Every kid has a different learning style, and one of my favorite benefits of homeschooling has been having the ability to figure out my daughter's learning style and adjust her schoolwork accordingly. Due to her ADHD, she still struggles to focus and fully complete things without constant supervision and prodding, but I've at least been able to choose certain workbooks and materials that fit better with her attention span and reduced ability to retain information.

By being the sole individual that determines what she learns (as long as I simultaneously meet state requirements), I can also add supplementary materials when needed. For example, she reads 24/7 and has read nearly everything in our local library, but when it comes to school-related reading, she's struggled with being able to summarize the content or answer questions about what she's read afterward. For this current year's schoolwork, she now has a bunch of mini-workbooks (just a few extra pages per week) added onto her reading subject that have greatly helped her improve her ability to retain information and use that information as needed to improve her grades and overall schoolwork quality.

In a standard school setting, they may make accommodations for kids who have certain mental or physical issues that impact their ability to learn like their classmates, but an entire year's worth of material can't be altered in a way to fit every single child in the room.

Making Your Own Schedule

Trying to force a child with ADHD to sit still for numerous hours is about like trying to wrestle an anaconda covered in baby oil: it's just not going to go very well.

With homeschooling, you can adjust your daily education schedule to meet your child's needs. Not every kid can function early in the morning, and some kids are too tired to pay attention to very much later in the day. Making your own schedule for learning is a huge benefit when it comes to providing your child with all of the necessary energy-burst breaks and times to decompress before getting back to work.

If my daughter were in public school, she wouldn't have that one-hour break to get a snack and go run in the backyard like a crazy person with the dog. She wouldn't have the opportunity to burn off her energy to be able to calm down and focus on her work upon coming back inside, nor would she be allowed such an opportunity whenever needed. Sometimes she's up early and takes that wild-child break around 10:00 am, and other days, she won't bother until around 1:00 pm. It varies, and we are luckily able to have the freedom to modify her schedule to meet her mental and physical health needs no matter how much they fluctuate on a daily basis.

Accommodating Doctor Appointments

With the scheduling benefit in mind, this is also really great when it comes to medical care. Often, public schools have strict hours, and a child will receive tardies or absences that impact their annual attendance, grades, and more.

With homeschooling, you don't have to worry about rushing after school has let out to somehow make it to a doctor's appointment in time before they close for the day. You'll be able to schedule your appointment whenever works best for you and your family and get your child proper medical care far more quickly than if you were only able to set up appointments after 3 pm during the school months.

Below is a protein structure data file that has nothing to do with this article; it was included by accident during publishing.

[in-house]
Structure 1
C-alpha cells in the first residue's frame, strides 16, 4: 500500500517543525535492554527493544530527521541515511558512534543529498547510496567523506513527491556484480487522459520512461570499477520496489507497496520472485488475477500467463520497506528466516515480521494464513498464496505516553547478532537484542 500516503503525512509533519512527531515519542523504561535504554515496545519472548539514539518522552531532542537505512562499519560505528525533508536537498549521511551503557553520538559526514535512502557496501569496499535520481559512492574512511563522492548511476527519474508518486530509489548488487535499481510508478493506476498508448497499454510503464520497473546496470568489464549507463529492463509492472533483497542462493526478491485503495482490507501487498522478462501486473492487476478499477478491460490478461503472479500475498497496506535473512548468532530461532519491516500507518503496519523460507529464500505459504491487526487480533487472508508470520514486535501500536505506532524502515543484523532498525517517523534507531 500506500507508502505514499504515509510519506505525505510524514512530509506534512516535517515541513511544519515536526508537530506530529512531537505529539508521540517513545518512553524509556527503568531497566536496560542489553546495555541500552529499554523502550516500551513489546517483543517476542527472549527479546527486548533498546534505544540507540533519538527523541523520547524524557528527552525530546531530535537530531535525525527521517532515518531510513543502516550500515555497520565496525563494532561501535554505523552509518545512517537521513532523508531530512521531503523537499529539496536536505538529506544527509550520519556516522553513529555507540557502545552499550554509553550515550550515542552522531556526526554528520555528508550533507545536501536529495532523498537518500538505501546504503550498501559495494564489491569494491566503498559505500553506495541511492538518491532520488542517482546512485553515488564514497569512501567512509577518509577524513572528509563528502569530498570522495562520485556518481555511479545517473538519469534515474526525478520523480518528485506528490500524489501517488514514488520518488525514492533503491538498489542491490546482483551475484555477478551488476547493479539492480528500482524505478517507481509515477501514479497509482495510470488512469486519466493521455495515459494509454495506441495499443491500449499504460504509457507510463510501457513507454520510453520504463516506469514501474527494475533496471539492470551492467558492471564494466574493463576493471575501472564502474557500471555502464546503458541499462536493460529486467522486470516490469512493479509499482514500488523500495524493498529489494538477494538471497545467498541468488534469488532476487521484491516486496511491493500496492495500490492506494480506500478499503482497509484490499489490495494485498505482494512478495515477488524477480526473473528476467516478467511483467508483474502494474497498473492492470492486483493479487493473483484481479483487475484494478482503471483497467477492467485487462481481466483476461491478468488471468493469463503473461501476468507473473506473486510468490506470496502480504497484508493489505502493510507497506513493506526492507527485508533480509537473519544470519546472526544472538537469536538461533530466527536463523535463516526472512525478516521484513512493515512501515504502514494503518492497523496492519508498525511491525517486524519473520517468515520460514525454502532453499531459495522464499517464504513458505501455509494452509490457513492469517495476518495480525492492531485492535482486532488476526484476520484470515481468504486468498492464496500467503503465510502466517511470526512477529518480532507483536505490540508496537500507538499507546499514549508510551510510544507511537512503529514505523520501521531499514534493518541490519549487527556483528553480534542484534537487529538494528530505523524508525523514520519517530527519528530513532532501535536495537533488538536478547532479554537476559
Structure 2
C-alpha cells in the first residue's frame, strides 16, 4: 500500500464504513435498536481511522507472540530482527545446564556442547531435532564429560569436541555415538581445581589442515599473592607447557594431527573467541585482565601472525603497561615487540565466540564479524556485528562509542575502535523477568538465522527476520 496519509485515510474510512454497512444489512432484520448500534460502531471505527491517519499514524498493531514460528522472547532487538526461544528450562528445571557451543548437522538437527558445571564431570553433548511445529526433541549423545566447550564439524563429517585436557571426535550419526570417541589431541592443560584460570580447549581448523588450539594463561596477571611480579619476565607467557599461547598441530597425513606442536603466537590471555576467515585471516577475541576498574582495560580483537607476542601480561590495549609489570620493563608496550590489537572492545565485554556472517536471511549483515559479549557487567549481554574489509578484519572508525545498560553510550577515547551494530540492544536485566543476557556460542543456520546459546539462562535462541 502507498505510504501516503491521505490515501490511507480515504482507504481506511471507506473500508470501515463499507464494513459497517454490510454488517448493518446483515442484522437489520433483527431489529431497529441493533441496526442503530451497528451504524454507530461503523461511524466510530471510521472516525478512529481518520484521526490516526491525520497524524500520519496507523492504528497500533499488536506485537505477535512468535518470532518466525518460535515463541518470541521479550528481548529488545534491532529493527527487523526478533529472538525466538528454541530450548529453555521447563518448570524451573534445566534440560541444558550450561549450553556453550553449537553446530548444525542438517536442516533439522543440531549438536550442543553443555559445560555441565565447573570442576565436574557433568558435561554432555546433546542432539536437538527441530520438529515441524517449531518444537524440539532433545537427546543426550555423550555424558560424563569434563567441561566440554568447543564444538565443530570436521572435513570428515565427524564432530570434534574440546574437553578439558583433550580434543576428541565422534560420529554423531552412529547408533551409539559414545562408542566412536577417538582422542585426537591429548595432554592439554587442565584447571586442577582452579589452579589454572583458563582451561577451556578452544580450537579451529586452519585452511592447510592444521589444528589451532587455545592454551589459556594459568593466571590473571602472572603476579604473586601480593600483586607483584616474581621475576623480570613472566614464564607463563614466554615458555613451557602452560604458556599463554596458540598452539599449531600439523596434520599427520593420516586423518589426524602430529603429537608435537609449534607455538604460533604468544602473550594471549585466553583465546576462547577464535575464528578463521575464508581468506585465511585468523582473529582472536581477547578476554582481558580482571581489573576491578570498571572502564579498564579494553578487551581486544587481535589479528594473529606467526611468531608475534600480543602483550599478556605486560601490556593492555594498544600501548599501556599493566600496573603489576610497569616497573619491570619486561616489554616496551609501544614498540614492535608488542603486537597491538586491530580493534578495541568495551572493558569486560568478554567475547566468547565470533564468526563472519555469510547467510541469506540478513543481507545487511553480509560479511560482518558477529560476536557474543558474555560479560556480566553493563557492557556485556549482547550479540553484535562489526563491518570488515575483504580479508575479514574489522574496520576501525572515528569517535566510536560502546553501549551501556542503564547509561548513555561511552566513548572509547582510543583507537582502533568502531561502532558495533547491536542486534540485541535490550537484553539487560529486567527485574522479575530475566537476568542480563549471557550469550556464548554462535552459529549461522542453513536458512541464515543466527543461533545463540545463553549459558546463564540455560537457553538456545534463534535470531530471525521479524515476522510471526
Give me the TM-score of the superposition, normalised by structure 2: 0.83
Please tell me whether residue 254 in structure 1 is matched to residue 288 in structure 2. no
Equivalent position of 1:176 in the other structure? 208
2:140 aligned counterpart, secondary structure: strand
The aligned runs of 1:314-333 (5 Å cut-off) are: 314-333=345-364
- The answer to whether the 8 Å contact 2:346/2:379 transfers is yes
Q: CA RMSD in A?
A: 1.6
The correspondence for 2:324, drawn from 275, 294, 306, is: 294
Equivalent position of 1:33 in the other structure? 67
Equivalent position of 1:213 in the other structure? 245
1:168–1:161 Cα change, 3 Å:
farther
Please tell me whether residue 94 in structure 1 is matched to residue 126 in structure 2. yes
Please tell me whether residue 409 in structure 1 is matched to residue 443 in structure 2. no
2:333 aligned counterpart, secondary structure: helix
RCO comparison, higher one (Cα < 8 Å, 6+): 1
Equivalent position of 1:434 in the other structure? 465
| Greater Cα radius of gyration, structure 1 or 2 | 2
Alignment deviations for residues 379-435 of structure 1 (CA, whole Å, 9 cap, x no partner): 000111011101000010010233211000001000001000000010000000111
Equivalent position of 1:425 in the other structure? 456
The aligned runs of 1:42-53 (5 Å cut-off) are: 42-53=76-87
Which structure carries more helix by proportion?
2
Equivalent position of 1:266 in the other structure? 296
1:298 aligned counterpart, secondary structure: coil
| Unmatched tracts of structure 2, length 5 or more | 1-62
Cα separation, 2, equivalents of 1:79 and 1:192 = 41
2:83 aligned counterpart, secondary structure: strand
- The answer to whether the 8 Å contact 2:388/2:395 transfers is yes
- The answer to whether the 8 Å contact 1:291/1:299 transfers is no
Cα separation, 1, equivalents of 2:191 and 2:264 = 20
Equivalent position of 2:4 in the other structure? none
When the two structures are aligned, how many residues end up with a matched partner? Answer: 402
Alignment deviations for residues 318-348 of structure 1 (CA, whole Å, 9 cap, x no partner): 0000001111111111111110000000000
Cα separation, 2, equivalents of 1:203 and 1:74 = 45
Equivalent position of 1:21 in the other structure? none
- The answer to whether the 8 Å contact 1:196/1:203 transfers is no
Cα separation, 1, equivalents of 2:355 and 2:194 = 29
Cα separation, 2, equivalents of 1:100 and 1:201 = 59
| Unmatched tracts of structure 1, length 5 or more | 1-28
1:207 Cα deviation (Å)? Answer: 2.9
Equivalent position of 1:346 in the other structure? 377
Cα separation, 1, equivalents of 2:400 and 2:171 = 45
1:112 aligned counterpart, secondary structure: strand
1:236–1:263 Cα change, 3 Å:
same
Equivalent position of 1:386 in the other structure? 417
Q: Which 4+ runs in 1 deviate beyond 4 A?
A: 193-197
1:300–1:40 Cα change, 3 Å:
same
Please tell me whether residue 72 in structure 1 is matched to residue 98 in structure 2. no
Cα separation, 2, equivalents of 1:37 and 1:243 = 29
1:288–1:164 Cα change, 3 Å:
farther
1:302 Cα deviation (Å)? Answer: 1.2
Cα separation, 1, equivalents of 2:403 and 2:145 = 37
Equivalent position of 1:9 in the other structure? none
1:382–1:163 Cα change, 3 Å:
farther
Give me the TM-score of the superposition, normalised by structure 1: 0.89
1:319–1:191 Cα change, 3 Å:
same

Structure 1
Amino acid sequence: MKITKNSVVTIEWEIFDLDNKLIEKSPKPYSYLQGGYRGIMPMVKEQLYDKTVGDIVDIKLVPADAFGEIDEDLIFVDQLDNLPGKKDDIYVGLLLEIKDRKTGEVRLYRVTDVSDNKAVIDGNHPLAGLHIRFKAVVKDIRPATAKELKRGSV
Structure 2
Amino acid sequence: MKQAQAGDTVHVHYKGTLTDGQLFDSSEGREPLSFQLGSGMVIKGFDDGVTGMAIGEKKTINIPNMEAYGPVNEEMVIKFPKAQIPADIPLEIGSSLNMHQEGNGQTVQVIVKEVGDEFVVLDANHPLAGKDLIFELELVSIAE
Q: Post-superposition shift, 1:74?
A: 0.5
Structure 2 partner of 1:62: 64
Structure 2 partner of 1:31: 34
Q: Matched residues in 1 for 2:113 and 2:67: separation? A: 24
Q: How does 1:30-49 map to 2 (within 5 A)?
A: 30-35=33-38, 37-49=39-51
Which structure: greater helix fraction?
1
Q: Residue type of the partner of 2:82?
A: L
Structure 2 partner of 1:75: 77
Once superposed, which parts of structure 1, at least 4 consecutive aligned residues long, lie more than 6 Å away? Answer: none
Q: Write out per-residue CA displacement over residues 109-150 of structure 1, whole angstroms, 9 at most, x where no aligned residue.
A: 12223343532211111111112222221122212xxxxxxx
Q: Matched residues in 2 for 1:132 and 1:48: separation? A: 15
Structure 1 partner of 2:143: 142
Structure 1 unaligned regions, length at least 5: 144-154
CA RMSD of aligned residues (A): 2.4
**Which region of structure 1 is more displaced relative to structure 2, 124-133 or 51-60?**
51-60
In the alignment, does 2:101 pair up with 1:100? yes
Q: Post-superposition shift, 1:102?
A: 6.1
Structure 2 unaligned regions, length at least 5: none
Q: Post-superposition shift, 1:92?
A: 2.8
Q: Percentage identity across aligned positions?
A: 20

With transitioning my daughter's mental health care over to a new team after moving and having to redo all of the testing, intake, and other related appointments that we can't do remotely, it would likely have taken us even longer to get it all set up if our schedule was more restricted. However, homeschooling and adjusting her education schedule as needed to accommodate all of the new appointments has been fantastic for helping us to get them over with quickly and make sure her learning isn't impacted by having to drive all over our part of the state to all of her different doctors.

The convenience of homeschooling and determining our own schedules has also been great when making adjustments to medication. Nausea, stomach cramps, dizziness, or other weird side effects? Those would be rough to manage in a public setting with strict rules and time constraints; but at home, we can just delay her schoolwork schedule by an hour or two until she feels better and still get all of the material completed just fine.

(As another added bonus, when our household managed to catch Covid this past year, my oldest daughter was the only one who didn't really get sick, so she was still able to stay home and stay on top of her scheduled schoolwork while the rest of us were getting whooped by the virus. If she weren't homeschooled during this period, she would have had to miss two weeks or more of school and get very far behind if distance learning wasn't available either.)

Treatment Plans and the Importance of Professional Help

If your child is displaying symptoms of ADD or ADHD, it's important that you seek out the advice of a trusted pediatrician regarding whether they should pursue any testing to rule out the condition or if something else is at play regarding your child's behavior or ability to focus.

For more information regarding ADHD, you can check out the CDC's website here.

If you don't currently have a pediatrician to treat your child, ZocDoc can help you find options close to where you live, and their website lets you narrow down the options based upon your insurance type and what is accepted at various practices.